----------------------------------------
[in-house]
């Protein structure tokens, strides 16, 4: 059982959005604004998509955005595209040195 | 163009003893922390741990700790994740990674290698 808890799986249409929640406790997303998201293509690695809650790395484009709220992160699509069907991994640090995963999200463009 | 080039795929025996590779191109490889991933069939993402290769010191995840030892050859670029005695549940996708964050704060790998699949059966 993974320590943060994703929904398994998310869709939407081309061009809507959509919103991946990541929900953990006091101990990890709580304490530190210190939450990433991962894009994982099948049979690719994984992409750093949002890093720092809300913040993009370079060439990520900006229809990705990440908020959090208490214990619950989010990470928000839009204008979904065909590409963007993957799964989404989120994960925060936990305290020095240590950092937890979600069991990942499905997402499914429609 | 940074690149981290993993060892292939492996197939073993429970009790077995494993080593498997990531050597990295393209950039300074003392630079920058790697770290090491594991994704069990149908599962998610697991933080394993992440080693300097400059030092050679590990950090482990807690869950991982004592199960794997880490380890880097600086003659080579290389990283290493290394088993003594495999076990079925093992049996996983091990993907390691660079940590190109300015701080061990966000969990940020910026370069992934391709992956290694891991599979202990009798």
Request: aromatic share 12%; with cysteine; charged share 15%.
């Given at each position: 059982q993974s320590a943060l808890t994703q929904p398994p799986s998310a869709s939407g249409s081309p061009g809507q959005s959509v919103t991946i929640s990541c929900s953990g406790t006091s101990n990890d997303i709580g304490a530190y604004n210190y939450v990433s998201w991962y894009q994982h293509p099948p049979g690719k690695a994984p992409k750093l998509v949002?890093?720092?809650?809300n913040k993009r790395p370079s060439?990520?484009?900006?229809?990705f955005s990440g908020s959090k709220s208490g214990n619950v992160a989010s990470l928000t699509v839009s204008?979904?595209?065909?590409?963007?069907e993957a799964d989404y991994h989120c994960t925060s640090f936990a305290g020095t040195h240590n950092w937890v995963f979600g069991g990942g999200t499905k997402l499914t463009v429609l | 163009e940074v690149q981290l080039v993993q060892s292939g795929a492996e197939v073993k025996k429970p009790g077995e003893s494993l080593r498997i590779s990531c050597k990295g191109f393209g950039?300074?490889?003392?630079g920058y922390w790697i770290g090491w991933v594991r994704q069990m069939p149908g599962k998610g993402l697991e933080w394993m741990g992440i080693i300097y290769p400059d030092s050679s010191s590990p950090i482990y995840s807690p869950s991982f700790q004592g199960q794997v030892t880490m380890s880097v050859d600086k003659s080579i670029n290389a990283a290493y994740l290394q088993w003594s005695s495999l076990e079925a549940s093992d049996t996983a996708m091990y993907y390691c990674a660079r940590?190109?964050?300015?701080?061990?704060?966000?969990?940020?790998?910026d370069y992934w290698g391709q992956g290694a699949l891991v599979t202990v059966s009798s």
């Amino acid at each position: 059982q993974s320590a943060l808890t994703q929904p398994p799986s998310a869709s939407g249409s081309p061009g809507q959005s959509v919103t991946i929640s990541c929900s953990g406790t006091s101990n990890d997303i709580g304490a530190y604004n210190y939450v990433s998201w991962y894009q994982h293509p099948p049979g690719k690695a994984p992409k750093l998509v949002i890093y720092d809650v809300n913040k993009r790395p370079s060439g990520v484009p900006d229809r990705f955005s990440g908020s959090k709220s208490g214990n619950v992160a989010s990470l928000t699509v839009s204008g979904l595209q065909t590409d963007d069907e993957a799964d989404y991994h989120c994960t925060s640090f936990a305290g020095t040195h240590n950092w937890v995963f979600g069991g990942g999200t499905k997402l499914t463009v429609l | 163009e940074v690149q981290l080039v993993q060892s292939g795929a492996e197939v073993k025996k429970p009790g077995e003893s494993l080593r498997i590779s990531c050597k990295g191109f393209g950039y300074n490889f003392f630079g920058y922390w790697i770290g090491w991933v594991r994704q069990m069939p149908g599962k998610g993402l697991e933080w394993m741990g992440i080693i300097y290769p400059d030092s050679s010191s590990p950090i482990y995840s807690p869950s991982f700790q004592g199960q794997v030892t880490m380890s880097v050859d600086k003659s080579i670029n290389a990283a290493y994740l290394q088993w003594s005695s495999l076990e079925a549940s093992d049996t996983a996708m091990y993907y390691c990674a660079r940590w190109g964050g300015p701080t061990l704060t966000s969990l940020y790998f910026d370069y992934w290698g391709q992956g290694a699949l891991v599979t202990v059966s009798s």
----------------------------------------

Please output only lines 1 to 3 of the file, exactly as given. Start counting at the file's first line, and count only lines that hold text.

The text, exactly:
[in-house]
């Protein structure tokens, strides 16, 4: 059982959005604004998509955005595209040195 | 163009003893922390741990700790994740990674290698 808890799986249409929640406790997303998201293509690695809650790395484009709220992160699509069907991994640090995963999200463009 | 080039795929025996590779191109490889991933069939993402290769010191995840030892050859670029005695549940996708964050704060790998699949059966 993974320590943060994703929904398994998310869709939407081309061009809507959509919103991946990541929900953990006091101990990890709580304490530190210190939450990433991962894009994982099948049979690719994984992409750093949002890093720092809300913040993009370079060439990520900006229809990705990440908020959090208490214990619950989010990470928000839009204008979904065909590409963007993957799964989404989120994960925060936990305290020095240590950092937890979600069991990942499905997402499914429609 | 940074690149981290993993060892292939492996197939073993429970009790077995494993080593498997990531050597990295393209950039300074003392630079920058790697770290090491594991994704069990149908599962998610697991933080394993992440080693300097400059030092050679590990950090482990807690869950991982004592199960794997880490380890880097600086003659080579290389990283290493290394088993003594495999076990079925093992049996996983091990993907390691660079940590190109300015701080061990966000969990940020910026370069992934391709992956290694891991599979202990009798």
Request: aromatic share 12%; with cysteine; charged share 15%.